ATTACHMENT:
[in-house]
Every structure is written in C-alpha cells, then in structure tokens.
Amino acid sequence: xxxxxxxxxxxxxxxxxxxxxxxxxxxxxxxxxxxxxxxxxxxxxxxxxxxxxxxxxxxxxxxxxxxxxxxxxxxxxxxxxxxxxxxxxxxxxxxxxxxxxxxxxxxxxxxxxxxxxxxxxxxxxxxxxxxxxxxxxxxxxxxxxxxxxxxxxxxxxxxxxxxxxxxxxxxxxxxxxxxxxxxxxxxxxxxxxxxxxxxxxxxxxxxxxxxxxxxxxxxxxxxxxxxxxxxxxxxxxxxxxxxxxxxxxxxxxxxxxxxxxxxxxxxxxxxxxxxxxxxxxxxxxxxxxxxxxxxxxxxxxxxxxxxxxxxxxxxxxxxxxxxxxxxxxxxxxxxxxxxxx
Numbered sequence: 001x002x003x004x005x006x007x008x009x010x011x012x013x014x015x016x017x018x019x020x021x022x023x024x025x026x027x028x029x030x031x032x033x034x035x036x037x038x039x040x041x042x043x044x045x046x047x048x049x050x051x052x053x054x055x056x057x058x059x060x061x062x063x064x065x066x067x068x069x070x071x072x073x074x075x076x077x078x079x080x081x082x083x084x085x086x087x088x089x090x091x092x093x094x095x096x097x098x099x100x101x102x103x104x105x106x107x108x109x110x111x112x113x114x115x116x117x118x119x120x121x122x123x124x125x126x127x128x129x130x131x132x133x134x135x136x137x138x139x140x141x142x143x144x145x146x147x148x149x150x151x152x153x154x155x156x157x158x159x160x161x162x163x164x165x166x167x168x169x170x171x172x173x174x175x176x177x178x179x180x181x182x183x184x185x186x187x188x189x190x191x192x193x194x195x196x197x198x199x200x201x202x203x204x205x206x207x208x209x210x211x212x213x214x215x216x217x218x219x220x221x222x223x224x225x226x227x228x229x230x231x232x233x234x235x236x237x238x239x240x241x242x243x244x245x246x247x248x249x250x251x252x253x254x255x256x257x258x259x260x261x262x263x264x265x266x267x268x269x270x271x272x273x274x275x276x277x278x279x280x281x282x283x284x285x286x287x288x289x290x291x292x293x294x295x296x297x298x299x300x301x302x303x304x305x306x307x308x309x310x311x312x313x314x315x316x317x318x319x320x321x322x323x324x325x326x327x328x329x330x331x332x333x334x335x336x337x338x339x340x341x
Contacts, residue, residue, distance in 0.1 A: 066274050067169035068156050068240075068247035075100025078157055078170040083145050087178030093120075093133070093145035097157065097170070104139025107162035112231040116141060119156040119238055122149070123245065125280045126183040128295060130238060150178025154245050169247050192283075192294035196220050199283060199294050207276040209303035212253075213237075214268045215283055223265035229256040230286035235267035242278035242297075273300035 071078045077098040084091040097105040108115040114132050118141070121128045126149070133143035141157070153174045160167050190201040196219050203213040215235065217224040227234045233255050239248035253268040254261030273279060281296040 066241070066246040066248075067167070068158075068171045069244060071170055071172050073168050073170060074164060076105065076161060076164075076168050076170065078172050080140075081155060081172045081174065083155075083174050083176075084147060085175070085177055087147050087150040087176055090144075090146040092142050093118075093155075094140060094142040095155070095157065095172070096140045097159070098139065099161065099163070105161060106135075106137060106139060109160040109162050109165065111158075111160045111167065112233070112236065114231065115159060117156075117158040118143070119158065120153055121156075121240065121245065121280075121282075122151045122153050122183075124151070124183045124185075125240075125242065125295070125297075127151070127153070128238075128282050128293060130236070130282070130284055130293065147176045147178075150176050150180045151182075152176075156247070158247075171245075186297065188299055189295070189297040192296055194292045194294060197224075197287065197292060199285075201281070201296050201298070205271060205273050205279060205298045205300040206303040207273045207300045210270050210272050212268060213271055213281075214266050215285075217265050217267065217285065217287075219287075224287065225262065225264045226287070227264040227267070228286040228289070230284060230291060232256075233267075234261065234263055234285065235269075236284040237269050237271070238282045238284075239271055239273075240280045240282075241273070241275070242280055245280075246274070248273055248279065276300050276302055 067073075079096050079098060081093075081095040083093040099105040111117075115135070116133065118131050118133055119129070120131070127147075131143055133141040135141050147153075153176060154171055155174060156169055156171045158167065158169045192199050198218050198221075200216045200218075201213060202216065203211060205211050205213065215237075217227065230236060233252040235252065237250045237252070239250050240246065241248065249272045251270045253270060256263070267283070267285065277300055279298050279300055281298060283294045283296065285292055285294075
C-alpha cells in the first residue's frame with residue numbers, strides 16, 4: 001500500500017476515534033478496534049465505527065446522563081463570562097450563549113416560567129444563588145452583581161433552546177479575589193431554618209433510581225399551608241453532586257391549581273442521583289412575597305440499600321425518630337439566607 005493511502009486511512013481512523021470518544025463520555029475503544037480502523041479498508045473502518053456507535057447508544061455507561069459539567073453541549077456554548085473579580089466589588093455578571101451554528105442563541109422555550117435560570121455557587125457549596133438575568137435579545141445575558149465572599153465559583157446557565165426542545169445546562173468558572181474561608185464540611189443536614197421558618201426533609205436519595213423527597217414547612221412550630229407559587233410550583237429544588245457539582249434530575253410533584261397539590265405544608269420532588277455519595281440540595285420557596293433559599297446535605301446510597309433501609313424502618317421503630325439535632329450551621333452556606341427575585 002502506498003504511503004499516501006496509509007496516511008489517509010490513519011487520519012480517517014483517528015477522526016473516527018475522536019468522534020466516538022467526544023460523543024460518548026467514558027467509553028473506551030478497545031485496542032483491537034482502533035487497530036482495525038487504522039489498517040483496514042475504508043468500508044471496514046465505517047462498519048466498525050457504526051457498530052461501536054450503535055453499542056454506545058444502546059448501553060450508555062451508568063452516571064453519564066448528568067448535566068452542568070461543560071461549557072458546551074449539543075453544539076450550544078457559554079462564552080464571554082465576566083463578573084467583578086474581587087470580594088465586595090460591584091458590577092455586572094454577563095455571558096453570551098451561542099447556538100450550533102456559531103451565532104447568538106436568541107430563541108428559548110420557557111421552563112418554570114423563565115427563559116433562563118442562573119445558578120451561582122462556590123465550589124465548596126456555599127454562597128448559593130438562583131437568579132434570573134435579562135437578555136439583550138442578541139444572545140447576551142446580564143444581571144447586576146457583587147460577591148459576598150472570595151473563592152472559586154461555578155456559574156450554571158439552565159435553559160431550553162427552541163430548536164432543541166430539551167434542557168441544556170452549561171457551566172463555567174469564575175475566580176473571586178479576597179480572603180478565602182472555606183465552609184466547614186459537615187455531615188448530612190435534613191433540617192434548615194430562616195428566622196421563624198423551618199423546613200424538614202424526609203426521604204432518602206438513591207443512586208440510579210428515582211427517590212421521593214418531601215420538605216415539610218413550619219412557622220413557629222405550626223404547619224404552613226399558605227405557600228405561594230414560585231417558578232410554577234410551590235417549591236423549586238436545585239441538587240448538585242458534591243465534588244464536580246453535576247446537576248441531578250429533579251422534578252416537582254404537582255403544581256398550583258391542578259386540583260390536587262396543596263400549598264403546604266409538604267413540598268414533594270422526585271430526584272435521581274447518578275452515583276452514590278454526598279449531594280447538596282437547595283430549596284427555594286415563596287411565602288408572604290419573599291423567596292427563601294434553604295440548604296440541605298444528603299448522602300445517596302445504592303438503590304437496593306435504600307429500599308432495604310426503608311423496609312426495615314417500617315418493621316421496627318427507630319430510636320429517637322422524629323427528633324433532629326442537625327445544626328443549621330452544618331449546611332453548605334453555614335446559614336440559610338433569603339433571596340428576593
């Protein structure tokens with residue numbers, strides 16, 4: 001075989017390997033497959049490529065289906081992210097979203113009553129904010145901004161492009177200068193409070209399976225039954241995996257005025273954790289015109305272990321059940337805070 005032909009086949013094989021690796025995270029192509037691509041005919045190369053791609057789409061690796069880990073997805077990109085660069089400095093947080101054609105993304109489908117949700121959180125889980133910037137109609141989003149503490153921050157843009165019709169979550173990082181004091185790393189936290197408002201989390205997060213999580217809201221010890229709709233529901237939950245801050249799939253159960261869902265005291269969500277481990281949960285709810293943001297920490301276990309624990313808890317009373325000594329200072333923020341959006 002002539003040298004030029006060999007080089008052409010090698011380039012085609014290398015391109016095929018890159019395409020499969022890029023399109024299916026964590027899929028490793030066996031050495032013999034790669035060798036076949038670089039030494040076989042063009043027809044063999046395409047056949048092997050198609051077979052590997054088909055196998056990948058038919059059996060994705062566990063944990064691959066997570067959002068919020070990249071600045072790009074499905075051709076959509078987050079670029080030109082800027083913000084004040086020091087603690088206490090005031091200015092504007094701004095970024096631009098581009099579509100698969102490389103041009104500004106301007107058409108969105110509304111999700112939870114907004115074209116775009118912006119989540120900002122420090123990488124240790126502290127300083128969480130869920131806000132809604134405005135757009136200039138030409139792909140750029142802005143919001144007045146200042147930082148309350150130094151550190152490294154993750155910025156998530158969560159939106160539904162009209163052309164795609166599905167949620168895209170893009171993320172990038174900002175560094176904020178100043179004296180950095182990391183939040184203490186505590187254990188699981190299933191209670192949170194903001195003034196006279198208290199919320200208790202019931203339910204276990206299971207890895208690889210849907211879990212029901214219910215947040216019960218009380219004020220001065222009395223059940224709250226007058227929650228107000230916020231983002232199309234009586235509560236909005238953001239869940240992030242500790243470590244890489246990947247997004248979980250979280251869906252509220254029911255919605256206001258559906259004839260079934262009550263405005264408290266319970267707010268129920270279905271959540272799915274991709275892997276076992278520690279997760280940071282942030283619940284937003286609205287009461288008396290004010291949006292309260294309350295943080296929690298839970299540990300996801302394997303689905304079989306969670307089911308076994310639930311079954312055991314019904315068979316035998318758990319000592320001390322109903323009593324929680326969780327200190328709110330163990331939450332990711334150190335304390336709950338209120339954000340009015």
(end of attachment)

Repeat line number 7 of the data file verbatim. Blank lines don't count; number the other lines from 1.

């Protein structure tokens with residue numbers, strides 16, 4: 001075989017390997033497959049490529065289906081992210097979203113009553129904010145901004161492009177200068193409070209399976225039954241995996257005025273954790289015109305272990321059940337805070 005032909009086949013094989021690796025995270029192509037691509041005919045190369053791609057789409061690796069880990073997805077990109085660069089400095093947080101054609105993304109489908117949700121959180125889980133910037137109609141989003149503490153921050157843009165019709169979550173990082181004091185790393189936290197408002201989390205997060213999580217809201221010890229709709233529901237939950245801050249799939253159960261869902265005291269969500277481990281949960285709810293943001297920490301276990309624990313808890317009373325000594329200072333923020341959006 002002539003040298004030029006060999007080089008052409010090698011380039012085609014290398015391109016095929018890159019395409020499969022890029023399109024299916026964590027899929028490793030066996031050495032013999034790669035060798036076949038670089039030494040076989042063009043027809044063999046395409047056949048092997050198609051077979052590997054088909055196998056990948058038919059059996060994705062566990063944990064691959066997570067959002068919020070990249071600045072790009074499905075051709076959509078987050079670029080030109082800027083913000084004040086020091087603690088206490090005031091200015092504007094701004095970024096631009098581009099579509100698969102490389103041009104500004106301007107058409108969105110509304111999700112939870114907004115074209116775009118912006119989540120900002122420090123990488124240790126502290127300083128969480130869920131806000132809604134405005135757009136200039138030409139792909140750029142802005143919001144007045146200042147930082148309350150130094151550190152490294154993750155910025156998530158969560159939106160539904162009209163052309164795609166599905167949620168895209170893009171993320172990038174900002175560094176904020178100043179004296180950095182990391183939040184203490186505590187254990188699981190299933191209670192949170194903001195003034196006279198208290199919320200208790202019931203339910204276990206299971207890895208690889210849907211879990212029901214219910215947040216019960218009380219004020220001065222009395223059940224709250226007058227929650228107000230916020231983002232199309234009586235509560236909005238953001239869940240992030242500790243470590244890489246990947247997004248979980250979280251869906252509220254029911255919605256206001258559906259004839260079934262009550263405005264408290266319970267707010268129920270279905271959540272799915274991709275892997276076992278520690279997760280940071282942030283619940284937003286609205287009461288008396290004010291949006292309260294309350295943080296929690298839970299540990300996801302394997303689905304079989306969670307089911308076994310639930311079954312055991314019904315068979316035998318758990319000592320001390322109903323009593324929680326969780327200190328709110330163990331939450332990711334150190335304390336709950338209120339954000340009015």